Filmed in a reformed train Wagon, sueur follows the performance as a belly dancer of The secret of the Grain lead actress, Hafsia Herzi, who dances on hot and popular musics, Night belly dance in a resturant.
The story of Saartjes Baartman, a Black domestic who, in 1808, left Southern Africa, then ruled by Dutch settlers, for Europe, following her boss Hendrick Caesar , hoping to find fame and ... See full summary »
Three actresses at different stages of their career. One from before the 1979 Islamic Revolution, one popular star of today known throughout the country and a young girl longing to attend a drama conservatory.
Alexandre, a somewhat lost thirty-something, decides to start out in the professional world. Loris, his misanthropic roommate, works on a universal method to succeed in life, and Patrick, ... See full summary »
Jong-su, a part-time worker, bumps into Hae-mi while delivering, who used to live in the same neighborhood. Hae-mi asks him to look after her cat while she's on a trip to Africa. When ... See full summary »
Amin, an aspiring screenwriter and photographer, returns to his hometown, a fishing village in the south of France, after living a year in Paris. He spends his time hopping from beach to beach and from bar to bar, finding his childhood friends and chasing new encounters. The summer lights of the Mediterranean coast guide his quest for love, as he hopes to live a passionate romance like in the movies. Surrounded by his loving family, who sometimes helps and often hinders, Amin searches to find his own way. Inspiration comes in the form of many female characters who enchant him, but when it comes to love only the mektoub ("destiny" in Arabic) can decide. This coming-of-age saga set in 1994 casts a nostalgic glow on losing the innocence of youth.
It is the first part of the cycle 'Mektoub is Mektoub,' a free film adaptation of François Bégaudeau's novel The Injury.' See more »
During the night club sequence, Ophélia quickly references Mia Wallace's classic dance move with the fingers over the eyes. However, the movie takes place in the summer 1994, and while Pulp Fiction had premiered at Cannes the previous May, it's highly unlikely that any of the characters would have seen and referenced it before its release a few months later, in October 1994. See more »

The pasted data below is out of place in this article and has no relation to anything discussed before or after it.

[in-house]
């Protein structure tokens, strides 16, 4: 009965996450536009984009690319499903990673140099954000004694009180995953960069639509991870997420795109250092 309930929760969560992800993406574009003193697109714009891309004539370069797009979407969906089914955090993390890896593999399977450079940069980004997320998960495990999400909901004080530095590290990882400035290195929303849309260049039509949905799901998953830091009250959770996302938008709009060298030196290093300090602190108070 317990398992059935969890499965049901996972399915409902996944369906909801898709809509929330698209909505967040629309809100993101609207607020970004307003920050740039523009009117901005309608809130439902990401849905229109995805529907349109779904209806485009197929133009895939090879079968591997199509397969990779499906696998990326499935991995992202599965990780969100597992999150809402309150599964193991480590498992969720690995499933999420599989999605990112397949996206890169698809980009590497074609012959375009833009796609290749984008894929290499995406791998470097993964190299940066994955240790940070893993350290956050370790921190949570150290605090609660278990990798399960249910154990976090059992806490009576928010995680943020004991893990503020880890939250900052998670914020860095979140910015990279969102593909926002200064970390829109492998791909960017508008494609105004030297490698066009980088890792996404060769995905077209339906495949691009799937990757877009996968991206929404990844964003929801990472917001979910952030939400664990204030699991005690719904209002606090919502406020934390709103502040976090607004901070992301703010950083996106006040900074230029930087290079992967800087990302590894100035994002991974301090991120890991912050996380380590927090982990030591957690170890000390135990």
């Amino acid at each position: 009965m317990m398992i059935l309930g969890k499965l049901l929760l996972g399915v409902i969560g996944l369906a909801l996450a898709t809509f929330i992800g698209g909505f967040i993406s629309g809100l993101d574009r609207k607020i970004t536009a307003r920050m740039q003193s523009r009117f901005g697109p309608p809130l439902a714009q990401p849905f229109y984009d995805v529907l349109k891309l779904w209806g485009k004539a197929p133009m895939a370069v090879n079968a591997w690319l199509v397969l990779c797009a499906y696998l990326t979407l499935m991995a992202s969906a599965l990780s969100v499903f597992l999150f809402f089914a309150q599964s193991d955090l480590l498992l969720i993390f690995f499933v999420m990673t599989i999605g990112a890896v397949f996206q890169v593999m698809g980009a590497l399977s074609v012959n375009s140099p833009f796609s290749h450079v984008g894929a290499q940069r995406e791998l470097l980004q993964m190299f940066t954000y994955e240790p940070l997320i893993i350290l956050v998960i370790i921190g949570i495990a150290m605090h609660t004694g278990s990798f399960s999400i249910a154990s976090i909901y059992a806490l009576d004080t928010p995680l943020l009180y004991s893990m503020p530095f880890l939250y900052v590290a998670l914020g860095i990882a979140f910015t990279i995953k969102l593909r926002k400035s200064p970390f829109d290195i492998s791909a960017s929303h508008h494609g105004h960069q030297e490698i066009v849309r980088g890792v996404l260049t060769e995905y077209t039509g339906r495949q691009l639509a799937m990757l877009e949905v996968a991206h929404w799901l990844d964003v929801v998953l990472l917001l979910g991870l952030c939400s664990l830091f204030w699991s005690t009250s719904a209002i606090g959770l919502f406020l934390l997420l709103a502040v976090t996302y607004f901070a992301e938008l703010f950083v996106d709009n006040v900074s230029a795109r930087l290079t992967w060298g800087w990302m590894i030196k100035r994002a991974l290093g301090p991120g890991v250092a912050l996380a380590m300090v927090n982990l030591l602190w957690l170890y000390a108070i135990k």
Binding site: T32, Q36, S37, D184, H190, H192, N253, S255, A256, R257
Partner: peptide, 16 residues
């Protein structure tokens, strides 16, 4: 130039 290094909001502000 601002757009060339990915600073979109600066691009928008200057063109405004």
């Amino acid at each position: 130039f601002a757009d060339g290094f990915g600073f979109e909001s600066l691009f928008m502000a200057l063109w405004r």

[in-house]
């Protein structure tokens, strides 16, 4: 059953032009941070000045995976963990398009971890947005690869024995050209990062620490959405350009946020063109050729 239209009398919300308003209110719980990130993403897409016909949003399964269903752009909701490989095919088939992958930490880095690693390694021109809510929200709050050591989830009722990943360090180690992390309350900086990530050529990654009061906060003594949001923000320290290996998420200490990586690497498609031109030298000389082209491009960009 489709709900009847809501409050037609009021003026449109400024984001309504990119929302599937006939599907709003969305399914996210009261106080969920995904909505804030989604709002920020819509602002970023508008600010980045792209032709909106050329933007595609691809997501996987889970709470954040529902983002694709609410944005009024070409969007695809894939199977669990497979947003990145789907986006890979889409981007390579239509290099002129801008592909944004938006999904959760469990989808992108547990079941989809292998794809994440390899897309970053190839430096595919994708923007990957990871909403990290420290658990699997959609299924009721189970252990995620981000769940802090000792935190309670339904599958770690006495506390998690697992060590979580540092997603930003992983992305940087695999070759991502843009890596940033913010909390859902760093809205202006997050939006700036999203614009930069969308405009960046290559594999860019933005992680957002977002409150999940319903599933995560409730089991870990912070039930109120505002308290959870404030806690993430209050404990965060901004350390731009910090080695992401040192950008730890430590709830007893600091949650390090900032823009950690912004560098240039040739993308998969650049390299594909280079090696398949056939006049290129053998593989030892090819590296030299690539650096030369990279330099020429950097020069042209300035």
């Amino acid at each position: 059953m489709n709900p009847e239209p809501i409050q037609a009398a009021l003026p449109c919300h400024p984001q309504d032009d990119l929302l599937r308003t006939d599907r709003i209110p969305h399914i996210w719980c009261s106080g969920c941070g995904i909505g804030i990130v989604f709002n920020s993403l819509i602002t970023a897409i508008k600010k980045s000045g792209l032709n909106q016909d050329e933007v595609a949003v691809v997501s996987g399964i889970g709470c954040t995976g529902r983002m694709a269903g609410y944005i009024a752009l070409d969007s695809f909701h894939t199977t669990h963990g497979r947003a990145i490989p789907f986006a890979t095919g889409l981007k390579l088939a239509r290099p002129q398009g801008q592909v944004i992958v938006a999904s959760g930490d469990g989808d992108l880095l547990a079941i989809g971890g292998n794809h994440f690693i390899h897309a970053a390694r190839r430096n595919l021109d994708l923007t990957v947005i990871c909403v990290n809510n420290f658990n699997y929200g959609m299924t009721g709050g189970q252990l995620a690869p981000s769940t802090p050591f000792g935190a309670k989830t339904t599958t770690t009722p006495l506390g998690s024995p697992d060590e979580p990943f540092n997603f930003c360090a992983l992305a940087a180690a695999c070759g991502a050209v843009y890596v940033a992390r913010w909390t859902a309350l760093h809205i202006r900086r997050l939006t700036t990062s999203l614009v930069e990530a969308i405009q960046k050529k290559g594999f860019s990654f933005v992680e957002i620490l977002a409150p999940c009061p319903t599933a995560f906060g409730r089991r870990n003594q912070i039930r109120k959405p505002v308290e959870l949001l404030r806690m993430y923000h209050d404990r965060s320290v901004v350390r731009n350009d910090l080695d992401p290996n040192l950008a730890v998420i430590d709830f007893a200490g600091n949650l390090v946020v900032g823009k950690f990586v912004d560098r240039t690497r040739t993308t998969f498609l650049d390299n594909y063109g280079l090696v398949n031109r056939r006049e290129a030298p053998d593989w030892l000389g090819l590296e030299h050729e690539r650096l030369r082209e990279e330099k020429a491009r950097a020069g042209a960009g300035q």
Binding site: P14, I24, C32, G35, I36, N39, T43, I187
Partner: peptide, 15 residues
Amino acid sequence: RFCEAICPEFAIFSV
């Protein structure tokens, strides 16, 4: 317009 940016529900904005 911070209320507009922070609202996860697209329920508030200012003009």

This is a film that's hard to review; it is technically well done, but once in a while you wonder why you are watching what you're watching.
The film offers many ingredients of a good coming-of-age story: realistic characters, realistic character developments, realistic scenarios, realistic dialogues. Its perspective is not moralistic; It neither blames nor encourages any of its characters' different approaches to sex and life.
The problem, however, is that if you cut one hour of the movie out, it wouldn't lose any significance. Indeed, a lot of the film is plain gazing at the plump bodies of women, but the thing is that the gazed body parts do not add anything to the film. One could argue that the long sex scene in La Vie d'Adele gave the viewer an opportunity to get acquainted with the characters since the way a person has sex also tells a lot about them. The same argument sadly cannot be given in this film. Hence, you have a three hour long movie instead of two. Nonetheless, the longevity of the film does not mean that the film is stretched out. Three hours pass by in a relatively quick fashion (especially if you like women).
I just hope women and the animals in the movie did not have to endure shootings that they didn't particularly enjoy, considering Léa Seydoux's and Adele Exarchopoulos's harsh comments on the director at the time.
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